LinkedIn: When Facebook and Twitter Meet For Coffee

LinkedIn: When Facebook and Twitter Meet For Coffee

As an executive recruiter and head hunter, let me start by saying that I have helped clients use just about every means of social media in their quest for a fulfilling career. It is the modern-day job fair that never ends. I have always viewed the two icons of social media, Facebook and Twitter, as such. Facebook is the place where you reconnect with friends from school and share stories or hear about their marvellous jobs. Twitter is the place for the creative and the motivated to share information instantly; this is where ideas and advice are exchanged.

Now one might ask, surely there must be a place that would merge the two ideas into a unified experience?

In walks LinkedIn.com with its swagger and charm.

LinkedIn is like Facebook dressed in a suit and Twitter carrying a briefcase. The emphasis of LinkedIn is on making the network of professional contacts visible. It helps you see who you know and suggests new connections for you to forge. It follows the familiar “friending method” of Facebook. Using a streamlined interface, which mirrors aspects of the social icons, LinkedIn offers a forum and online community of thousands of employers, large and small, from Microsoft and Nike to your local home town poutine truck simply trying to do business. In my opinion, LinkedIn is like facebook but for professionals only.

I posed the question on Recruitingblogs.com about other recruiters’ impression of LinkedIn and how would they explain LinkedIn to people who might not have heard of it using just one sentence. While most recruiters agree on LinkedIn being the most relevant professional networking platform of our times, others like Tony Palm liken it to “going to a business after hours event on line.” Katrina Collier writes, “LinkedIn allows you to reach hiring managers without going via HR or an agent.” Recruiting Animal sums it up as “an online database of professional profiles” – Read more here: http://www.recruitingblogs.com/profiles/blogs/how-do-you-explain-linkedin-to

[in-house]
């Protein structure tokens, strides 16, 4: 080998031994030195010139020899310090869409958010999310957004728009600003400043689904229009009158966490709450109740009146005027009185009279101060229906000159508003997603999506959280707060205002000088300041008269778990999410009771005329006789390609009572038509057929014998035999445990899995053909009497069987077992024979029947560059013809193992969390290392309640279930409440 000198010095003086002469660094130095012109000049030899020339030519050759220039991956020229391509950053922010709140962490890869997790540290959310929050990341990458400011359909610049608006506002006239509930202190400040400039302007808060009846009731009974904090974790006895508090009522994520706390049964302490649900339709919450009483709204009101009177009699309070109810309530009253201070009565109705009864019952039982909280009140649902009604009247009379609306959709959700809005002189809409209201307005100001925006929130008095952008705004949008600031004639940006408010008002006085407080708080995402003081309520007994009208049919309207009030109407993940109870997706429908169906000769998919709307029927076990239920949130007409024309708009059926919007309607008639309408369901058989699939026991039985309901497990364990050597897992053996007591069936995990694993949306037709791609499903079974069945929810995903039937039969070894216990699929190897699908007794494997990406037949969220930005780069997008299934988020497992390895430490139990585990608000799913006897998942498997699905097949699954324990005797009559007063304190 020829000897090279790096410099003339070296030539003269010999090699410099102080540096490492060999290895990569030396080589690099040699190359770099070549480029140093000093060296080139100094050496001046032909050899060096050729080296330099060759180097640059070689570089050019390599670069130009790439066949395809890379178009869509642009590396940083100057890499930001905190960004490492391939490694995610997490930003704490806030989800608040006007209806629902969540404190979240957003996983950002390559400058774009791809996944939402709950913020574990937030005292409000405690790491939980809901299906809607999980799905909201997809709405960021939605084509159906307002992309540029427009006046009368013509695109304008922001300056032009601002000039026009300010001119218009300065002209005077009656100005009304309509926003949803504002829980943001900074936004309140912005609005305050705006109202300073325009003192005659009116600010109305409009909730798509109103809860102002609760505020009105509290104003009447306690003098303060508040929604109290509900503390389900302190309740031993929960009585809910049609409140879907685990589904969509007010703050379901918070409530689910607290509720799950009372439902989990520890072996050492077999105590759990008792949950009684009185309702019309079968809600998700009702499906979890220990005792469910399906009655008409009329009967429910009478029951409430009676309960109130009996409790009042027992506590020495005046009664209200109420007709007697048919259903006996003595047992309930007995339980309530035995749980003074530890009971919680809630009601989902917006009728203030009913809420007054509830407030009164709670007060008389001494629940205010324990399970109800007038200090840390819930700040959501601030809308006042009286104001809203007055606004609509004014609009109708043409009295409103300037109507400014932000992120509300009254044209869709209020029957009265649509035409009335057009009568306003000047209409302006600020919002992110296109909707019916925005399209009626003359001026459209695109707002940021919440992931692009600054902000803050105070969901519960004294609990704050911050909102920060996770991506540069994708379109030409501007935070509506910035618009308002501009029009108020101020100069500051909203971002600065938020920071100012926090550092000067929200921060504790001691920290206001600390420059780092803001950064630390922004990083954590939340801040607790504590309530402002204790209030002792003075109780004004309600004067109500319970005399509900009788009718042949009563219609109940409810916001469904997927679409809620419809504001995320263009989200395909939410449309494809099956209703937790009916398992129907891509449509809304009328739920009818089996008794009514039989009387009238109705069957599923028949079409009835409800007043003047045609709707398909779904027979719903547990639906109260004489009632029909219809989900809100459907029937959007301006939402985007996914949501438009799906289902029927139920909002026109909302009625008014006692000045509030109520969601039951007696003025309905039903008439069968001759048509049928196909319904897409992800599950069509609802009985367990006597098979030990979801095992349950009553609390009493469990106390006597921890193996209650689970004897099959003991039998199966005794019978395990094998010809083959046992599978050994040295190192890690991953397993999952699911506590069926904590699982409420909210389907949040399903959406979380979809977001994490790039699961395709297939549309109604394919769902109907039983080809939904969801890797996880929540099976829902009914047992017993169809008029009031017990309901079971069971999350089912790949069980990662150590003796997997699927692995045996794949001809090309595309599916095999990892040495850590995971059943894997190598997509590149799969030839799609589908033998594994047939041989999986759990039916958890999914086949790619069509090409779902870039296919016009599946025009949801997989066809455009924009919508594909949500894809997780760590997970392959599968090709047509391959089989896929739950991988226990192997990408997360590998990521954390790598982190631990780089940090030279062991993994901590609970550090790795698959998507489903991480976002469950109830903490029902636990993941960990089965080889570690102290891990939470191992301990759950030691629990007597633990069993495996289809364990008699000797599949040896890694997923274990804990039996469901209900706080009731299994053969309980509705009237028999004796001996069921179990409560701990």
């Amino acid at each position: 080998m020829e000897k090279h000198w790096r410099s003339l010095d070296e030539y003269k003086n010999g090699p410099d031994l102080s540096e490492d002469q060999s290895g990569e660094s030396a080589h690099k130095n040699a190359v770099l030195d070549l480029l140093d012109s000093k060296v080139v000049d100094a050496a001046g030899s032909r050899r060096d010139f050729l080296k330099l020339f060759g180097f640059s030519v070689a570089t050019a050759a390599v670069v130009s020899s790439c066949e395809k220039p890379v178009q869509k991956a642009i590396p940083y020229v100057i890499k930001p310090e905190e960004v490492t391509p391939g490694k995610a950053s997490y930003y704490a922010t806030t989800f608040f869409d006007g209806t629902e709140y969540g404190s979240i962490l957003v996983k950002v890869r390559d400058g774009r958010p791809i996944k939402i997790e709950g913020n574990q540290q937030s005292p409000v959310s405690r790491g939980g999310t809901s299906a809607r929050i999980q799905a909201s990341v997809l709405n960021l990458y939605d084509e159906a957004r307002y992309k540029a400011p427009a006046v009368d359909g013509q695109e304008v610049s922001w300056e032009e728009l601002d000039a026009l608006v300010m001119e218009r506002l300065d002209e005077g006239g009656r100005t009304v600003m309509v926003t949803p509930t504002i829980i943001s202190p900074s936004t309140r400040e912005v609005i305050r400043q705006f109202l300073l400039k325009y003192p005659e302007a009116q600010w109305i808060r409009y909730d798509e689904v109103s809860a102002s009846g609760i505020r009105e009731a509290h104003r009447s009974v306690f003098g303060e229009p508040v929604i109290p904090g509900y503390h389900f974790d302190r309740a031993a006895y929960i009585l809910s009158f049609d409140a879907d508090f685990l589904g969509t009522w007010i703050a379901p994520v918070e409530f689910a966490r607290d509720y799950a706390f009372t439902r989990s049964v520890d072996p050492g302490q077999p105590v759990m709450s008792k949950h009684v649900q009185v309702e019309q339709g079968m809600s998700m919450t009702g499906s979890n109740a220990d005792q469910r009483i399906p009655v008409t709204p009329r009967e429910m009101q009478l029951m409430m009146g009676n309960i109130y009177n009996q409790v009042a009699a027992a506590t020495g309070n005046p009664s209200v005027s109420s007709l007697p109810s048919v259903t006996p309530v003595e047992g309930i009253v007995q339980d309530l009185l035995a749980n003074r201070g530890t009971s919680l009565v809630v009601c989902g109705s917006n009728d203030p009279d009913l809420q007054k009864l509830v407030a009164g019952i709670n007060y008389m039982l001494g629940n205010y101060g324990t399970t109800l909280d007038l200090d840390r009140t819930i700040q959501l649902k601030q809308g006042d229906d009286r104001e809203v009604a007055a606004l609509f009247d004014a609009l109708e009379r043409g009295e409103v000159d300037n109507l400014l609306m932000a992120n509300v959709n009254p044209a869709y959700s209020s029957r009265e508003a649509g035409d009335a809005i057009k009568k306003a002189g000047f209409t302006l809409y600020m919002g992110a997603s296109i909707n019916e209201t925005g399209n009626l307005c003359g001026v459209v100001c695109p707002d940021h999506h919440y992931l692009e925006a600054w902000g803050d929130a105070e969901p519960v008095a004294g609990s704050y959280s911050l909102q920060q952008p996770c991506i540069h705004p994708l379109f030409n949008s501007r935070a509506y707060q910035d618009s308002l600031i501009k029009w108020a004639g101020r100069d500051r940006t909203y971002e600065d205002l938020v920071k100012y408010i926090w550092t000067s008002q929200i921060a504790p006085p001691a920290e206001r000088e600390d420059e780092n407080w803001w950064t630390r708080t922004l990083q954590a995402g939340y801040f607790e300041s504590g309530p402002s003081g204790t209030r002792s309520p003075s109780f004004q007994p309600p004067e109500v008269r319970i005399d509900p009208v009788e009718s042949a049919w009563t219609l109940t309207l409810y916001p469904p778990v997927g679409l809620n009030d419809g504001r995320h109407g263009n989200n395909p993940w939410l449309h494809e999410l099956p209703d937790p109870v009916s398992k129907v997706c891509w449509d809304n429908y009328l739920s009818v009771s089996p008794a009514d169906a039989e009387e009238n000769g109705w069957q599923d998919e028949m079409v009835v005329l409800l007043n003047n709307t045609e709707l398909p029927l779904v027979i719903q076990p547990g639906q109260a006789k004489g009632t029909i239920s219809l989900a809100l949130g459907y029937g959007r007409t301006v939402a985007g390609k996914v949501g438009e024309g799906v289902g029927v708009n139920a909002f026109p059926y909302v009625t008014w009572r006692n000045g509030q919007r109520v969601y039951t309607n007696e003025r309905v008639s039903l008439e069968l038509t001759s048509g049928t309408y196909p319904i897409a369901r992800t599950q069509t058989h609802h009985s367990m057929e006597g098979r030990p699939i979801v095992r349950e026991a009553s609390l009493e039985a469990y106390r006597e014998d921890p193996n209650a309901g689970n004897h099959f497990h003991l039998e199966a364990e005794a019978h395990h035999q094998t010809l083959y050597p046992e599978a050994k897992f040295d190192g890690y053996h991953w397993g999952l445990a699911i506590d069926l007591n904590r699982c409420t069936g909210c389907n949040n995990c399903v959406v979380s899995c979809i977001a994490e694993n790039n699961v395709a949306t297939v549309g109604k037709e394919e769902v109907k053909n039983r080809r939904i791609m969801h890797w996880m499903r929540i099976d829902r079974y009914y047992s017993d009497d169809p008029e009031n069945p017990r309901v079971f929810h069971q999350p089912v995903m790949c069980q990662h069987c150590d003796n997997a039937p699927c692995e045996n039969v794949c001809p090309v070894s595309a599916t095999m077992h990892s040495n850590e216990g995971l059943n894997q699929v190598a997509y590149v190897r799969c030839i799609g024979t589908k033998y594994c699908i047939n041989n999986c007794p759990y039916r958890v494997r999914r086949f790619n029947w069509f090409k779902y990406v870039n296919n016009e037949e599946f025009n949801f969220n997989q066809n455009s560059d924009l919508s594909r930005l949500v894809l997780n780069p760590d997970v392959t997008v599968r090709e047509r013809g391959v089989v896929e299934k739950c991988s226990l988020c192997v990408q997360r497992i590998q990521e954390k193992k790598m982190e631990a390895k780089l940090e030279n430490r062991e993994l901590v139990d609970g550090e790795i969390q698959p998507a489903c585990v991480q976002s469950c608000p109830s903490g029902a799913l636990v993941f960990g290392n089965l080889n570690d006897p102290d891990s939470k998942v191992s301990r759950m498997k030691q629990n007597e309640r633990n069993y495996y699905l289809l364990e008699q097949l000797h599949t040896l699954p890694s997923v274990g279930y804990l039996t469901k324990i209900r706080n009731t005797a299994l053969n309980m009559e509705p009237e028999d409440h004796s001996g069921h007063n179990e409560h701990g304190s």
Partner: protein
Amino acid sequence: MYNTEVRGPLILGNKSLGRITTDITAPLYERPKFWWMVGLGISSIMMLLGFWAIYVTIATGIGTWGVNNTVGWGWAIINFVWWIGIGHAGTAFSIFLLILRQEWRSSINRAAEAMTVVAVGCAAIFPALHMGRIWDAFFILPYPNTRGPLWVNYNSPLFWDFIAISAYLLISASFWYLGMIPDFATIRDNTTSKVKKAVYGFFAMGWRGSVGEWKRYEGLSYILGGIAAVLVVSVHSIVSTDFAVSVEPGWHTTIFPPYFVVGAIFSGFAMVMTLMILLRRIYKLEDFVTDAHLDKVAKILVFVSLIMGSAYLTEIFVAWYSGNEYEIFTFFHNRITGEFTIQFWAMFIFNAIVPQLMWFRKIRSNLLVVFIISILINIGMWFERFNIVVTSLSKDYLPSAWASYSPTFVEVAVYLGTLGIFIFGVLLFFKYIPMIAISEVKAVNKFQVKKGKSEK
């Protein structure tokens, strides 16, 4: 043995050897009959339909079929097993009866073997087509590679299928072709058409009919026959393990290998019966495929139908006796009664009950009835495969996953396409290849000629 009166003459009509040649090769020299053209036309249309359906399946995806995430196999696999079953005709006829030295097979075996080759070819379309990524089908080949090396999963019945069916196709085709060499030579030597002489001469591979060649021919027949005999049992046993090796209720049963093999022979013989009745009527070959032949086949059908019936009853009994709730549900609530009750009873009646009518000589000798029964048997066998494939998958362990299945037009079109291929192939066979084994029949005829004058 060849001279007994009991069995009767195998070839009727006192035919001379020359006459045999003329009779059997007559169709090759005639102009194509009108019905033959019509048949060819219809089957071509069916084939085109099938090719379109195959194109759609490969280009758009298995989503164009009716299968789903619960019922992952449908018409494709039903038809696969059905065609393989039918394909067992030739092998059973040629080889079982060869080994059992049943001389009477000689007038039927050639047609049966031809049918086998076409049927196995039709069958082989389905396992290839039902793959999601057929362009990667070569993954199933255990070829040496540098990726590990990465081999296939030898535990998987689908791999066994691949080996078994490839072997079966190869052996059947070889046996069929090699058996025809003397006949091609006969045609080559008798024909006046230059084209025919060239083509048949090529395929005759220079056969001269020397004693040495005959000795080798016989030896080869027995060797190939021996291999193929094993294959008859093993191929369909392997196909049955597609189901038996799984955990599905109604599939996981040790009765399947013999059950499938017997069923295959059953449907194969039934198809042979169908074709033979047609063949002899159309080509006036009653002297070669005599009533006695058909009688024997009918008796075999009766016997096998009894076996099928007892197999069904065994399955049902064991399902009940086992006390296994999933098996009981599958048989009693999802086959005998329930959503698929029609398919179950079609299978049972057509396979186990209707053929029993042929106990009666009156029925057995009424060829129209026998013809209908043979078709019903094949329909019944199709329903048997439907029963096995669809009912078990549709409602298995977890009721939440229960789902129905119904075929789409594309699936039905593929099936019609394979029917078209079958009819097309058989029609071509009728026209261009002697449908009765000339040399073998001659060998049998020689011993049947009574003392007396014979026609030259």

LinkedIn is aggressively trying to have white collar workers everywhere make LinkedIn their number one choice. In the past 7 years, LinkedIn has grown to over 200 million users. LinkedIn gives you options on how deep you want to expand your connections, offering a variety of packages to increase your modes of communication with existing and new connections. The value in these packages is unmatchable and crucial for success. If you are just starting out and want to connect to someone you have no connection with, Bill Gates for example, it says to that potential new connection, “I would like to do business with you,” but it doesn’t say that half-heartedly at a bar over drinks. It says it with a pressed (electronic) business card and a firm handshake. So, if you are starting out your career, LinkedIn for you can be like an exclusive contact list in a brand new smart phone.

Speaking of smart phones, LinkedIn also has a mobile app. This allows you and the new connections you make to instantly connect via LinkedIn. The mobile app has a very intuitive interface that allows you to navigate many of the common features of LinkedIn. Just like theTtwitter and Facebooks apps, it is free. As a result, you are not only on the market for a professional social setting, you now also have the ability to find and access your online community anywhere you go, plane, train or long commute, and you can keep your LinkedIn account with you at all times.

And of course, the most important thing to remember is that this is not the place to share your every thought or opinion; you have Twitter and Facebook for that. Nobody on LinkedIn needs to know what you did last night, in fact, it might even harm your chances of getting that new opportunity. This is the place where you share advice on anything and everything concerning your career, including resume tips. So no sharing pictures of your “exciting” weekend.

Be prepared, LinkedIn could be the ticket to your next interview.

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Comment (1)

  • Ed Han Reply

    Amos, very interesting article. I hope the next installment will discuss the importance of personal branding & its relevance to active candidates, esp re: the headline!

    January 4, 2011 at 10:14 pm

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